Hormel Foods announced that it has agreed to acquire the number 2 peanut butter brand of the country in a $700 million deal.
Skippy sells 11 varieties of the popular peanut butter. The brand is furthermore leading in the fast growing natural peanut butter sub-category. The total US peanut butter market is $2 billion dollar large, according to market research. Additionally, Skippy holds a leading position in China and is sold in over 30 other countries. The J.M. Smucker Company (SJM) is still the market leader with its well-known CIF brand.
Jeffrey M. Ettinger, Chairman of Hormel, commented on the deal, "The acquisition of Skippy peanut butter business represents a significant opportunity for Hormel Foods. It allows us to grow our branded presence in the center of the store with a non-meat protein product and it reinforces our balanced portfolio. The fast growing international line will also strengthen our global presence, and should be a useful complement to our sales strategy in China for the SPAM family of products."
Hormel expects that total sales will be approximately $370 million per annum, of which $100 million are international sales. The price tag values the business at roughly 1.9 times annual revenues.
The deal is expected to be accretive to full-year fiscal 2013 earnings per share. Accretion to full-year earnings for the fiscal 2014 could be between 13 and 17 cents per share.
The deal is subject to normal closing conditions, including regulatory approval in the US and other relevant jurisdictions.
Hormel Foods ended its fourth quarter of fiscal 2012 with roughly $760 million in cash, equivalents and short-term investments. The company operates with $250 million in long-term debt, for a net cash position of $510 million, providing sufficient financial flexibility to close the deal. Hormel indicated the majority of the deal will be financed with cash at hand, and a small portion from existing credit lines.
For the full year of 2012, Hormel generated annual revenues of $8.23 billion. The company net earned $505 million for the year, or $1.86 per diluted share.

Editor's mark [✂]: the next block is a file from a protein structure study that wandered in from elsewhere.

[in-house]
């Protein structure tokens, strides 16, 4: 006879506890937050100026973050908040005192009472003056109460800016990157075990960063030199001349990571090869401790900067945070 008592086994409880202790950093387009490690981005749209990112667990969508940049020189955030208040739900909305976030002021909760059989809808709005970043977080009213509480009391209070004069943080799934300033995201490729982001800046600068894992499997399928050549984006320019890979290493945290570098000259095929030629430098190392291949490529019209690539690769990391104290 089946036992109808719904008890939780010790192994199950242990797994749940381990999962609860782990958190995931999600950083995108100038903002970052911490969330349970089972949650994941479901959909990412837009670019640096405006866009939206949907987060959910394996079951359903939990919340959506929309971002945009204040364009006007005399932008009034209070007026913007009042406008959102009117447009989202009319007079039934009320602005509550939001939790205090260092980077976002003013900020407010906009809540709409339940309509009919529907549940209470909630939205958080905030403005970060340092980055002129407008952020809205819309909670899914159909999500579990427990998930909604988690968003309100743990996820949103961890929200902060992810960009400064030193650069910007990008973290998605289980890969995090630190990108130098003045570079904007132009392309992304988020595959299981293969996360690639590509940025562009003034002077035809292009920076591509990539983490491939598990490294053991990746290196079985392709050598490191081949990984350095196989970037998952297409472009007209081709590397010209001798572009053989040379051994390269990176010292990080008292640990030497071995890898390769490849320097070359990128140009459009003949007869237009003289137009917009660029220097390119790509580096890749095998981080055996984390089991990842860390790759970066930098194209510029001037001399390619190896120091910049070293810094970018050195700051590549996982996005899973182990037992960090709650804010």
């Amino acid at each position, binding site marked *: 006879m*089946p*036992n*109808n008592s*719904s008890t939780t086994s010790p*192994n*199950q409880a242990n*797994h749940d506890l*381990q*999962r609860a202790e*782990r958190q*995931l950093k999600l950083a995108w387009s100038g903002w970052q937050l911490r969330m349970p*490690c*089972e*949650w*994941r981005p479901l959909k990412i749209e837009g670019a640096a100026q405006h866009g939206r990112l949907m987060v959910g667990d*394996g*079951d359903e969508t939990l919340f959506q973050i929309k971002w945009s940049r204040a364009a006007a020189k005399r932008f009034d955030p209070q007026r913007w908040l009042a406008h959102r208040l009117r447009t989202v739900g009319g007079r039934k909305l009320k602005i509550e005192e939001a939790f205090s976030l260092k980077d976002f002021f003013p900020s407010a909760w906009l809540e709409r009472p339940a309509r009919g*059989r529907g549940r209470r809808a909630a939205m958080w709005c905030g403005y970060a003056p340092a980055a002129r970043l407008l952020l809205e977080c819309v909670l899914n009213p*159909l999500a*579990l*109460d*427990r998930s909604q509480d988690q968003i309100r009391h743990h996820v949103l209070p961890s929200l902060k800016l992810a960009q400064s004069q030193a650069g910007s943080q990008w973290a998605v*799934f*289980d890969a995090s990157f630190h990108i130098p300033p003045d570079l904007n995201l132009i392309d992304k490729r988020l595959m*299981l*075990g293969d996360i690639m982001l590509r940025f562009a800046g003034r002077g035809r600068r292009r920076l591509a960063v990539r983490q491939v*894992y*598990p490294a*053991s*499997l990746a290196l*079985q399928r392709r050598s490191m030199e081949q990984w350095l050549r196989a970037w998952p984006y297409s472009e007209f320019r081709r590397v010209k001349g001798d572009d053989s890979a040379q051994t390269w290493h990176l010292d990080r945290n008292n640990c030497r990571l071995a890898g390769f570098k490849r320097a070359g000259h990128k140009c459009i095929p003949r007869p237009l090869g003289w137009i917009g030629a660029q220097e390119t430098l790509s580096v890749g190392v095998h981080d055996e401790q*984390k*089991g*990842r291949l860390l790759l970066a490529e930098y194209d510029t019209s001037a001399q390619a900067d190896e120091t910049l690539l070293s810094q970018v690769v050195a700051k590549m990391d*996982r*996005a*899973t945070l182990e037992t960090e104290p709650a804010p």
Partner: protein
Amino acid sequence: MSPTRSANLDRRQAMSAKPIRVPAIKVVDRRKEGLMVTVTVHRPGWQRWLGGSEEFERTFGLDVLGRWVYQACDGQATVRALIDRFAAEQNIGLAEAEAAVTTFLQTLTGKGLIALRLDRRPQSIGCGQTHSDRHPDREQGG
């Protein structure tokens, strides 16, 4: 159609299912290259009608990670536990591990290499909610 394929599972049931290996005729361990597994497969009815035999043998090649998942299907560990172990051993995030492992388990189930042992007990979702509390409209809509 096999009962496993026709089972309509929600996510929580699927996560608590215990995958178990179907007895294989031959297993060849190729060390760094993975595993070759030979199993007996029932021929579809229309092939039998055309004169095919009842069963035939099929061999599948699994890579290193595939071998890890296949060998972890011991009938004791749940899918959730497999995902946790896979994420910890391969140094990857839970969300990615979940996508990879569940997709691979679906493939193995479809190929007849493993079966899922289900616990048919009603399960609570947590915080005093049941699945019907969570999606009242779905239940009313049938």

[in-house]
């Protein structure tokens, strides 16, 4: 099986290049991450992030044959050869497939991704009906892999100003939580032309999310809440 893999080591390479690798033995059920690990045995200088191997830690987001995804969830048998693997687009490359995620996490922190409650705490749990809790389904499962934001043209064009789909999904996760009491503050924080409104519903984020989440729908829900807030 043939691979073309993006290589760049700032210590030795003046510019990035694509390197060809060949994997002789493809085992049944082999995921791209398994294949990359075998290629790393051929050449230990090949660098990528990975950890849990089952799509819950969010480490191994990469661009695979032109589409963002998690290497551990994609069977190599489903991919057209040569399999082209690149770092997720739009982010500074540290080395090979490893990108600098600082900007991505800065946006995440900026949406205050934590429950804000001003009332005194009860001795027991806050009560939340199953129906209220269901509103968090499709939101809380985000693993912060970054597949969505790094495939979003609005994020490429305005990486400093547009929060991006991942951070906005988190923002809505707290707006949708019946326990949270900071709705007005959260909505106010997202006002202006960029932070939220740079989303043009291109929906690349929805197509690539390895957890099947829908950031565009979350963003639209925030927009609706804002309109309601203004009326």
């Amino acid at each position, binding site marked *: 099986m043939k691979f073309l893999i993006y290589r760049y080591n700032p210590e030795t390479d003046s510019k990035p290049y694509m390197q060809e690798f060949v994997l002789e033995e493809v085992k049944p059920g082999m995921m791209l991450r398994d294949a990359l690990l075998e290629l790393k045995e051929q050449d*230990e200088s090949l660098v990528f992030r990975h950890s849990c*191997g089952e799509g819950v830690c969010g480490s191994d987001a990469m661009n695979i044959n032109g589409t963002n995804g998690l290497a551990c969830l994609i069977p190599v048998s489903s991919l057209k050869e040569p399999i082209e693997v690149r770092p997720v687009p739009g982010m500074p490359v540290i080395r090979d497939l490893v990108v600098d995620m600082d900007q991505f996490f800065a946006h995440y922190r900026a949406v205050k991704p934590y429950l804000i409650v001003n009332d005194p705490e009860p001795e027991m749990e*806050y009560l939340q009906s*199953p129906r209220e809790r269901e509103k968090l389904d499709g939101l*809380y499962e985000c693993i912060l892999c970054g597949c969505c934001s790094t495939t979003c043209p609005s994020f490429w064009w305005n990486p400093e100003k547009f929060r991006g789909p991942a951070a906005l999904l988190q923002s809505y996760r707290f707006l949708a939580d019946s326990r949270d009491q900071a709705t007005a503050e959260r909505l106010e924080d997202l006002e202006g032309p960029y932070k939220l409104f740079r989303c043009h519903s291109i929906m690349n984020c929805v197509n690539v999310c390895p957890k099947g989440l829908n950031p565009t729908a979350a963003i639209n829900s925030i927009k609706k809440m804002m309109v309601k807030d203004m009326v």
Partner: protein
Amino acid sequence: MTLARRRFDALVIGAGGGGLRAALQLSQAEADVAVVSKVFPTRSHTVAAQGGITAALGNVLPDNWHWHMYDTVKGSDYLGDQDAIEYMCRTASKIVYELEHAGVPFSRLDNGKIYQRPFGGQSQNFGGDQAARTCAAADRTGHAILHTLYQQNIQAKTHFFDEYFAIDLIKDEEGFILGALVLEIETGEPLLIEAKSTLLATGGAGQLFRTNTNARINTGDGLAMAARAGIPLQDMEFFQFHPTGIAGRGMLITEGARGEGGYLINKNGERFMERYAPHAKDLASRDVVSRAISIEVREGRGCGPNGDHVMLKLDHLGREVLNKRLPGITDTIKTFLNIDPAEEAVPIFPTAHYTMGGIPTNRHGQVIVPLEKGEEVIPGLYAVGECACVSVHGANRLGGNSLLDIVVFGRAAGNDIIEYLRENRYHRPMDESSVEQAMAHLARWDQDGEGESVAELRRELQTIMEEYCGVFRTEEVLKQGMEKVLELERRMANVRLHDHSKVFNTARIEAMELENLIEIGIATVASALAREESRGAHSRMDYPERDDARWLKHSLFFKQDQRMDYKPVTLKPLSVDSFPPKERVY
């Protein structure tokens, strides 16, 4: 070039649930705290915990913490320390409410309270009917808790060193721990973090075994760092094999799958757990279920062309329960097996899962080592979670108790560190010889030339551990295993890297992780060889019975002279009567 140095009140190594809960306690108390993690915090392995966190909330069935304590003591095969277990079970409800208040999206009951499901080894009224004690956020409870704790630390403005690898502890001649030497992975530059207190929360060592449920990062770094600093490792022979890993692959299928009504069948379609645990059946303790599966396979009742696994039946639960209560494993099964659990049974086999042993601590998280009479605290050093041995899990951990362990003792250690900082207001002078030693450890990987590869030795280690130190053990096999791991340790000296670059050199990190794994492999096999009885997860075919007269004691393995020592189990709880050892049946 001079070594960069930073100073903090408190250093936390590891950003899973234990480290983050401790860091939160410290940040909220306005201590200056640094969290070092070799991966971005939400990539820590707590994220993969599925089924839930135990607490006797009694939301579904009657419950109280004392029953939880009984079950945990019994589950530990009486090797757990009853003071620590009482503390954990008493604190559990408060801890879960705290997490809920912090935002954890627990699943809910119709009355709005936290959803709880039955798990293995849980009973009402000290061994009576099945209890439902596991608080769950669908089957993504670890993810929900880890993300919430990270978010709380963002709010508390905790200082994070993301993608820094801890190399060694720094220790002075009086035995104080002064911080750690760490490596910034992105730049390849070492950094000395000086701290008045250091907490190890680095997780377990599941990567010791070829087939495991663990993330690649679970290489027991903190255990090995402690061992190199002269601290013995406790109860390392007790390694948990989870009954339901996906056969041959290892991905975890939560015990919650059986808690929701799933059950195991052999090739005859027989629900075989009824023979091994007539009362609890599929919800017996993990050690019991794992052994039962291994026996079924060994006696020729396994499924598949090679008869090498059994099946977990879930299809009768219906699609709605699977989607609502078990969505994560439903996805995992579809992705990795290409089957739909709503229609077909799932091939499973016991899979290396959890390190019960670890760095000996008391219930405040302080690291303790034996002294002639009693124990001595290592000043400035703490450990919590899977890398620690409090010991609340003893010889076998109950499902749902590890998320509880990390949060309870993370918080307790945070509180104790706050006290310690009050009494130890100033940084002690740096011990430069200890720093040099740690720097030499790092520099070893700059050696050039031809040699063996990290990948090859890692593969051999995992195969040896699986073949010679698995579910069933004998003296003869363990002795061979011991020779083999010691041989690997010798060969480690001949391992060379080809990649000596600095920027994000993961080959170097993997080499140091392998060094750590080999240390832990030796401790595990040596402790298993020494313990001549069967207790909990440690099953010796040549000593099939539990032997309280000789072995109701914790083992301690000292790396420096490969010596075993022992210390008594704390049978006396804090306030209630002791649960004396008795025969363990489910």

The market currently values Hormel at $8.7 billion. Factoring in the net cash position, operating assets are valued around $8.2 billion. This values the firm at 1.0 times annual revenues and roughly 16-17 times annual earnings.
On Wednesday, Hormel announced a two cent dividend hike. Consequently, the company pays a quarterly dividend of $0.17 per share for an annual dividend yield of 2.0%.
Some Historical Perspective
For the full year of 2012, shares of Hormel have traded in a tight trading range. Shares ended the year near the high end of the $27-$32 trading range, and are currently exchanging hands at $33 per share which is a fresh all-time high.
Shares rose from lows of $13 in 2008 to the fresh highs on improved operating performance. The company increased its annual revenues by roughly a quarter between 2009 and 2012. Earnings rose almost by half over the same time period.
Shareholders of Hormel applaud the deal with Unilever despite the fact that the price tag at 1.9 times annual revenues is a bit steep compared to Hormel's own valuation of 1.0 times annual revenues. Furthermore the price tag comes in far above analysts' estimates of $300-$500 million. The deal will increase annual revenues by roughly 4 to 5%.
Investors don't seem to mind that Hormel pays a premium on a revenue basis. The estimated $0.13-$0.17 per share earnings accretion for next year, translates into additional earnings of $34-$44 million. Most of the earnings accretion is the result of putting the low yielding cash balances to work.
Investors furthermore applaud the diversification move. Hormel's margins have been volatile on higher pork and beef prices as well as volatile grain prices. The peanut butter business should provide some margin stability across the board.
I think the deal is a net positive. The steep price can be justified given the significant accretion that Hormel expects and the diversification benefits. In August of 2012, I took a look at the prospects for Hormel, which at the time was trading around $28 per share. I expected shares to set new all-time highs later in 2012. Trading at $33 per share at the moment, shares have moved up too much to make the risk-reward attractive to my taste.
Disclosure: I have no positions in any stocks mentioned, and no plans to initiate any positions within the next 72 hours. I wrote this article myself, and it expresses my own opinions. I am not receiving compensation for it (other than from Seeking Alpha). I have no business relationship with any company whose stock is mentioned in this article.